A fondue sidebar: Back in the day, we were big fondue fans, hosting frequent fondue parties. We owned the specialty pots dictated by convention for each type of fondue:

  • Cheese fondue was served in a wide, short ceramic dish with a handle (i.e., a pot) that made dipping into the bubbly cheese easy

    We’re trading in our sterno-heated brazier
    for this electric fondue pot from Rival.

  • Beef fondue was served in a taller metal pot with a narrow mouth, so the cooking oil didn’t spatter and the fondue forks could rest against the mouth while the meat cooked
  • Chocolate fondue required a much smaller than either of the main course pots
    The cheese and chocolate, and the oil for the beef, were heated on the stove. They were brought to the table and placed atop a brazier, a portable metal frame with an underneath heating source: alcohol, Sterno or butane (or the original, less effective heating source, a tea candle).

    Today’s portable electric burners and electric fondue pots are a better solution, but for the electric cord and an extension cord trailing over the dining table.

    We’re actually moving our fondue party into the 20th century, donating our three fondue pots to a good cause and purchasing one electric pot.

    Back to the chocolate fondue:

    Chef Trey Foshee of George’s at the Cove in La Jolla, California, goes a step beyond the traditional chocolate fondue recipe and adds creamy mascarpone cheese (a key ingredient of tiramisu).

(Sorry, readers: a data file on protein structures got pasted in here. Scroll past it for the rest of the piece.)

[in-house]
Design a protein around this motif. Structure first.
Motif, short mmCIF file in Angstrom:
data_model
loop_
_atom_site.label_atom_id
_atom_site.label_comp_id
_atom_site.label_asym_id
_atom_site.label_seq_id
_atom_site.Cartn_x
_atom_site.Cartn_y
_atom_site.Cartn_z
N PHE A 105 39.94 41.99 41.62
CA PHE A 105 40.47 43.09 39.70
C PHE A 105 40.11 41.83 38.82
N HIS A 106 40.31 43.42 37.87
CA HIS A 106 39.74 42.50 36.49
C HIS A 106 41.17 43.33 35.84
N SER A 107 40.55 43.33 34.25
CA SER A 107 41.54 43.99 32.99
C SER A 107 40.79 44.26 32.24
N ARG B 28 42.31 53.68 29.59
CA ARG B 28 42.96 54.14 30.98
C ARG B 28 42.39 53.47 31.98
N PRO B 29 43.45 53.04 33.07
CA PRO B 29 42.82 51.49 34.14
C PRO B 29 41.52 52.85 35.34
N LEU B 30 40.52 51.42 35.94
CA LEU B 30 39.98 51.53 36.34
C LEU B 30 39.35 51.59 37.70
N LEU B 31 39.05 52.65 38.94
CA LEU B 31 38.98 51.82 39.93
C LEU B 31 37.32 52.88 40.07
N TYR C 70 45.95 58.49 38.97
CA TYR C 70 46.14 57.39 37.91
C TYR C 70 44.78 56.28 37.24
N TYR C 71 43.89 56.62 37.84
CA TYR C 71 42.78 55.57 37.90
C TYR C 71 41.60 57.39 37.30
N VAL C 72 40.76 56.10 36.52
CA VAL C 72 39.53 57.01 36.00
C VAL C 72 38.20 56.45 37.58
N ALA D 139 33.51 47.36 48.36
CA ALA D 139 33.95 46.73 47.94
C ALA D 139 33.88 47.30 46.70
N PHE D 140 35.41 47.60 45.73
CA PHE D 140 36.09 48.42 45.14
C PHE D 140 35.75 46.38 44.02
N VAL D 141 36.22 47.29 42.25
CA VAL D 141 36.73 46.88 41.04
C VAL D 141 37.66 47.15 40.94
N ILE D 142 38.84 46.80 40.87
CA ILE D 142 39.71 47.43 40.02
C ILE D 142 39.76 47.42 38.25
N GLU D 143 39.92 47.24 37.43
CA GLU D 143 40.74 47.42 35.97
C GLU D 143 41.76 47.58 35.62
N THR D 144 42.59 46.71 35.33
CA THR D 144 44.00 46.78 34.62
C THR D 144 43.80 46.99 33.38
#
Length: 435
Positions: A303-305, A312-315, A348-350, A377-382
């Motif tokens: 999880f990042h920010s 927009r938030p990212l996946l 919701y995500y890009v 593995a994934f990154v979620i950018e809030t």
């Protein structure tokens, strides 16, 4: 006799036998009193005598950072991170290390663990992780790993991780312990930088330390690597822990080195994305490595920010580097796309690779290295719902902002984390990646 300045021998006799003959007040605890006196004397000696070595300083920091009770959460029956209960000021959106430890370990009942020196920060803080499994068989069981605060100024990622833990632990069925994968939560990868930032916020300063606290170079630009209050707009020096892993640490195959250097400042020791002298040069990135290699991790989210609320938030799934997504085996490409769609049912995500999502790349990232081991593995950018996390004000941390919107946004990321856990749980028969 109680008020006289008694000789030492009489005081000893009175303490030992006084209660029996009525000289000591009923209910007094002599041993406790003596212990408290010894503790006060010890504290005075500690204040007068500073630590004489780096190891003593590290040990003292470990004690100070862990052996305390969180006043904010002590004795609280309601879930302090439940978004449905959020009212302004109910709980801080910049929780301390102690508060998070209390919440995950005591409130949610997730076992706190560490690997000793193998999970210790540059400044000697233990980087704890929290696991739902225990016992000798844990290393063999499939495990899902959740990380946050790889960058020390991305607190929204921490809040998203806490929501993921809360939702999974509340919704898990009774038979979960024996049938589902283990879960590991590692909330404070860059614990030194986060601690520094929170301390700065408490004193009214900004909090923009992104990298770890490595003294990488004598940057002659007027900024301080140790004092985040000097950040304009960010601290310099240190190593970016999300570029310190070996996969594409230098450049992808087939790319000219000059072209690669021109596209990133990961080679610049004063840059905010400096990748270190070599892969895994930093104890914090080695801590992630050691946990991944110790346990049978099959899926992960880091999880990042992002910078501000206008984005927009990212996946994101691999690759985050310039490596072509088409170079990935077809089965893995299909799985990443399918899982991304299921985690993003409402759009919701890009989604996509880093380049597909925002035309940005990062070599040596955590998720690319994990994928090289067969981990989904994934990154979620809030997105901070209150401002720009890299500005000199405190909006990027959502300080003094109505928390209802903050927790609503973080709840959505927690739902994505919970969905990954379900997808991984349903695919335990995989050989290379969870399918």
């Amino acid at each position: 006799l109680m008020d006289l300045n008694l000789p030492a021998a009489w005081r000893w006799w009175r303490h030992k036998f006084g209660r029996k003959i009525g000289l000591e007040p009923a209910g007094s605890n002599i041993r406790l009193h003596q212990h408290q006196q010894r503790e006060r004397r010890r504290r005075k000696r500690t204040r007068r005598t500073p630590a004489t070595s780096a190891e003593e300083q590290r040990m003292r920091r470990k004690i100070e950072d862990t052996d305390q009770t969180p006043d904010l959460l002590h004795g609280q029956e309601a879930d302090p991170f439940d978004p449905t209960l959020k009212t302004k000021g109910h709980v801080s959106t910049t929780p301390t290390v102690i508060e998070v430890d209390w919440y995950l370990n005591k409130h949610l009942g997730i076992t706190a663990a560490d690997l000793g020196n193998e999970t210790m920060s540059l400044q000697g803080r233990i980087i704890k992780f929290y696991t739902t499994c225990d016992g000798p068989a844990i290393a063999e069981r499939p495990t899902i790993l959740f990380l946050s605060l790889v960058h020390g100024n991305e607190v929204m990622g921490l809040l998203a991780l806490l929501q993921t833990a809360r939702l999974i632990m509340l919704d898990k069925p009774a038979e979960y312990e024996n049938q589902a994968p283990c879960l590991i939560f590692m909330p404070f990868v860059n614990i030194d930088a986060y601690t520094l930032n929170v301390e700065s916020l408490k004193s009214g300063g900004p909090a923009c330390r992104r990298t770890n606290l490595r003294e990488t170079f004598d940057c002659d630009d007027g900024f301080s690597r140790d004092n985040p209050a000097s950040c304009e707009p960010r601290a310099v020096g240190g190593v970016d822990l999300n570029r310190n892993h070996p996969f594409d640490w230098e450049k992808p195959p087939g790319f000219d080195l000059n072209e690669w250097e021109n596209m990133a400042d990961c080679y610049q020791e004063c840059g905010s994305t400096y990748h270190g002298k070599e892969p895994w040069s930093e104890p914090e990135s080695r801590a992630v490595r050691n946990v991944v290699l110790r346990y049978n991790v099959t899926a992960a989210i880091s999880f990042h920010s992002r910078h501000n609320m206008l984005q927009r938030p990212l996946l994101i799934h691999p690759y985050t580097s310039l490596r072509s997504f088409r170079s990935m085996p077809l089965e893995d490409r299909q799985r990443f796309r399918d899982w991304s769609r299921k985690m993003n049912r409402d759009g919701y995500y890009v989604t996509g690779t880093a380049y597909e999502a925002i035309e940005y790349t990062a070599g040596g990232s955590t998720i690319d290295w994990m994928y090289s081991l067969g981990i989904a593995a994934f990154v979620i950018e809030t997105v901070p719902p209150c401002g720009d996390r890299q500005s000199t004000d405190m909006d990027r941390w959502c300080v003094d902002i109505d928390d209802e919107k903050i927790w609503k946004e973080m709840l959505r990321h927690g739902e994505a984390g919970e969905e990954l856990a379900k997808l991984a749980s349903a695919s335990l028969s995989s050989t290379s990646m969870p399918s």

Thanks to Chef Foshee and the Wisconsin Milk Marketing Board for the delicious recipe.

  • Chocolate Mascarpone Fondue
  • Classic Chocolate Fondue and Fondue History
  • White Chocolate Fondue
  • Easy Chocolate Fondue
  • Spicy Chocolate Fondue
  • Comments

    ACADEMY AWARDS: A Themed Cheese Board As Oscars Food

    What the king ate after the speech:
    A Stilton from purveyor Neal’s Yard. Photo
    courtesy Whole Foods Market.


    We’ve received dozens of recipes for themed cocktail recipes for Oscar parties. For example, combine gin with Earl Grey Tea, and call it The King’s Speech cocktail.

    Fatigued at the idea of 12 different “Best Picture” cocktails, we’ve published just two over the past month.

    But the idea of an Oscar-themed cheese board caught our interest. Here are suggestions from, one of the finest online cheese purveyors, on how to create an Academy Awards cheese board:

  • The Fighter: Aged Roquefort (it’s a salty punch)
  • The Kids Are All Right: Goat cheese (goats are kids, too, and goat cheese is always all right)
  • The King’s Speech: Cheddar, Stilton or Wensleydale, iconic English cheeses
  • The Social Network: Any mixed milk cheese—two or more milks connecting socially
  • Toy Story 3: Flosserkäse, an aged Swiss cheese with woody notes
  • True Grit: A washed rind cheese like Epoisses or Livarot, a challenging stinker for turophiles with true grit
  • Winter’s Bone: Comte, the great Swiss mountain cheese, as complex as nature